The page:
The murder itself often happens in front of the audience, who are usually divided into teams, often defined by the tables that they will eat on. When the murder happens in front of everyone the method is usually poison, but the audience have to establish how it was administered. In the opening scene each suspect will do something that could have administered poison, for example a drink may be thrown. The victim then either staggers out of the room to die or falls to the floor in the room.

In some scripts the murder happens offsite, and this opens up the possibilities to include gunshots, stabbing, suffocation and other methods. In all plots there will be preliminary forensics but in more complicated plots a full scene of crime suite may be opened up.

Each suspect will reveal a motive during the opening scene. Sometimes this is obvious, but often it is alluded to and paper based clues given out later will add to the motive. The audience must pay attention during the opening scene and it’s probably the most difficult time for this because the event has just started and the senses can be overwhelmed. Watch the facial expressions of the actors; if love is declared is it reciprocated? What might it mean if an actress declines a drink and strokes her stomach?

Paper based clues will back up the storylines. These may include love letters, bank statements and contracts. How do they fit together and add to the plot? One very effective way of dealing with clues is to set out a timeline. What happened and when?

The main element of the event is interaction with the suspects who will go from table to table for questioning. This is the part that many enjoy most of all because they can have a lot of fun putting questions to the suspects and trying to catch them out.

Finally teams establish their version of events and the detective who is acting as MC of the evening will read these out and choose the best one who will win a prize. However, it’s often the more creative solutions that are the most enjoyed.

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Murder Mystery Idea – The Intriguing Letter

A letter from the Discrete Investigation Bureau

Over the weekend I was going through my grandfather’s old briefcase which I have kept for sentimental reasons. It’s a battered old brown leather case and it contains various papers, mainly dividend receipts from his investments. It smells of old documents and I find it a very comforting thing which reminds me of a wonderful man.

In among the papers was a letter which I hadn’t noticed before. It’s dated 19th January, 1963 and it’s from a time when my grandparents owned and ran a school. The matter it addresses is Parkfield Schools Ltd -v- S.Faux and it’s from the wonderfully named ‘Discreet Enquiry Bureau’. Sadly this no longer exists and Google earth shows me a residential house at the address. It’s likely that the Bureau was a lone self-employed private investigator; a ‘gumshoe’.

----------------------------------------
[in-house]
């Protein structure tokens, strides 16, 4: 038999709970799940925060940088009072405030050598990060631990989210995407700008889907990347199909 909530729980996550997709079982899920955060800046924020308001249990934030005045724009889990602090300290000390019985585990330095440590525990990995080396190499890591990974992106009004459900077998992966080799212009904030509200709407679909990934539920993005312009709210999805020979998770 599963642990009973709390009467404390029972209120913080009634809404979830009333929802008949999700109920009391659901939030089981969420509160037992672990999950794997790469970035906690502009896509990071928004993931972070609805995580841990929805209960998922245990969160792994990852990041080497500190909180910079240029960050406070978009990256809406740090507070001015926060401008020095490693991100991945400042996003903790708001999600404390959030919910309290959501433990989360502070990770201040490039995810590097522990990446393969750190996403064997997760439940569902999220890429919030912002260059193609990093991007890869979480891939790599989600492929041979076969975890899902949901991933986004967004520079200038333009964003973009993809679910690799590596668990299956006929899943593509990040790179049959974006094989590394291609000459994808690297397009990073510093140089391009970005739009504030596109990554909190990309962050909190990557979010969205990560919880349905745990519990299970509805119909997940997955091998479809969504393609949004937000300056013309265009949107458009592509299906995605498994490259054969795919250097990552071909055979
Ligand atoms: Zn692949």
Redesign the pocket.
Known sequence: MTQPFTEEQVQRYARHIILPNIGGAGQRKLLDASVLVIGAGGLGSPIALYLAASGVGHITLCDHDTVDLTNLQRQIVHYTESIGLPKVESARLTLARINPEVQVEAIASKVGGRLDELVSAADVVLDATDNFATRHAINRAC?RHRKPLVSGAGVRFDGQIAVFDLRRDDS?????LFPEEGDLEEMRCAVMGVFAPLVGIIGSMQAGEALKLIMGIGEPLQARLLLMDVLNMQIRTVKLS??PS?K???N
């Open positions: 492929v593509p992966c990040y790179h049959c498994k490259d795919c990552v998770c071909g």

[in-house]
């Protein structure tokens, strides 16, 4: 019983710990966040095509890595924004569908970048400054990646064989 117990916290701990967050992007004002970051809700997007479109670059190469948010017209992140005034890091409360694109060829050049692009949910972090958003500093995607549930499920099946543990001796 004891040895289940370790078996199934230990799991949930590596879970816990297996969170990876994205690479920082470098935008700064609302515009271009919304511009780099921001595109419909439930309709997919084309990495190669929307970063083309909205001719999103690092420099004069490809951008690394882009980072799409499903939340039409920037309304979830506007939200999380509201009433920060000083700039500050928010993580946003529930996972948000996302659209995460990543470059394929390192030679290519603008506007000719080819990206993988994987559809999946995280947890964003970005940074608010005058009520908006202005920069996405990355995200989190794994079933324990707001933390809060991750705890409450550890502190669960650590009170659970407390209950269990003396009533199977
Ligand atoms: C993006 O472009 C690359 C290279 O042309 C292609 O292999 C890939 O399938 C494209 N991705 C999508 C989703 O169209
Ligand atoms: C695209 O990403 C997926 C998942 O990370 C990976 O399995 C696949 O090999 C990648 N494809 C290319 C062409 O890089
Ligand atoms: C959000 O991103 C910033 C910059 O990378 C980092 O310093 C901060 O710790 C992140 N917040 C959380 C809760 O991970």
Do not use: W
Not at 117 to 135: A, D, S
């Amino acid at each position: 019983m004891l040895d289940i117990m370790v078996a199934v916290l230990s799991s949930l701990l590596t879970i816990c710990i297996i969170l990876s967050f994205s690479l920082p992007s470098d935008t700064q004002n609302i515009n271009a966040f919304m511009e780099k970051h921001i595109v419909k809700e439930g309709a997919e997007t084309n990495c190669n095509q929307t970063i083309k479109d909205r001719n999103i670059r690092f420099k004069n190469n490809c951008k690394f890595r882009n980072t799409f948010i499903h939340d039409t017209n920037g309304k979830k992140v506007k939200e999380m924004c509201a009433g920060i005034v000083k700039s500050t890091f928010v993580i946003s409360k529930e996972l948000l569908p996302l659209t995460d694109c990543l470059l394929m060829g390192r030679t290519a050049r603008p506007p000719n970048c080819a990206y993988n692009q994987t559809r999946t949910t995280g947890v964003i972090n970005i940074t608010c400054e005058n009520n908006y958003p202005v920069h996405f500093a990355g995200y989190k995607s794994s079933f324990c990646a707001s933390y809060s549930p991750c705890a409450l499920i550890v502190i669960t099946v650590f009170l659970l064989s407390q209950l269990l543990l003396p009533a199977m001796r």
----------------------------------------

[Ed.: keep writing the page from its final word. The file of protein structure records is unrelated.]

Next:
The Bureau had been contracted my my grandfather to track down this Faux fellow, who they were suing for some reason and who appears to have done a runner. Perhaps their solicitors put him in touch with the Bureau, as they forwarded the letter to him. A more romantic idea is that he found it in the small ads in the back of a newspaper. My grandmother was a wonderful lady and she would not have been directly involved in such matters, but I know that she would have followed the shenanigans with great interest.

The Bureau followed the rogue Faux to the address he had given as a forwarding address and found that his name was not on the nameplate. Instead there was the name ‘Raux’. Faux is French for ‘false'; had he given a false name, even using it in court, and been so brazen as to taunt with wordplay?

The false fellow had moved on again and had given a forwarding address, but cancelled it after four weeks. At this point he goes off radar. However, the Bureau, no doubt by discreet enquiry, ascertained that Faux or Raux was known to frequent the infamous Curzon Club in W1. Now we really are starting to get the measure of the man. A rogue, a gambler, in my imagination now sporting a thin pencil moustache and wearing a sharp pinstripe double breasted suit.

It is just one chapter of a bigger story. We don’t know what this chap had done in the first instance, nor do we know what happened next. Did the Discreet Enquiry Bureau ever find their man? Was he called up to explain his nefarious activities. You don’t use an alias in life without good reason, and having the sangfroid to stand in court and swear by it certainly implies a villainous nature. My search for further documents sadly yielded none.

I was delighted to find this letter. It made me feel close to my grandparents again, whom I adored and who died over 30 years ago. However, the writer in me would have been intrigued by this letter even without that connection. The wonderfully named Discreet Enquiry Bureau harks back to a time long gone. These days almost everything in the letter would have been discovered using the internet and much of the investigation would have been conducted using it. Has the internet made it easier for rogues to vanish and hide, or has it made it more difficult? Locard’s Exchange Principle is one of the principles of forensic science and it is summarised as ‘every contact leaves a trace’. Then we have a respectable private school being wronged by someone who appears to go by an alias. I wonder what happened. No doubt it was some financial matter and nothing too serious, or I would have heard about it I’m sure. The final piece of intrigue is his frequenting of the Curzon Club, which throws in glamour and a little extra seediness.

I am probably imbuing the story with more romance than it deserves, but I shall continue to develop the story and it will be the starting point for my next murder mystery script. It began with the discovery of an intriguing letter.

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Batman – The Plot

The Caped Crusader. The Dark Knight. 50% of the Dynamic Duo. Call him what you will, he’ll always be Batman to us. Like Doctor Who or James Bond, everyone with an interest in pop culture, will have their own definitive Batman. For children who grew up in the 70’s, Adam West will always be their guy. It remains to be seen how Ben Affleck’s latest take on the character will go down with fans, but both Affleck and Christian Bale owe a lot to a Batman that many people have forgotten about. Despite the mantel changing a number of times throughout the franchise, Michael Keaton’s Batman from Tim Burton’s 1989 film of the same name set the dark standard that others have been following ever since.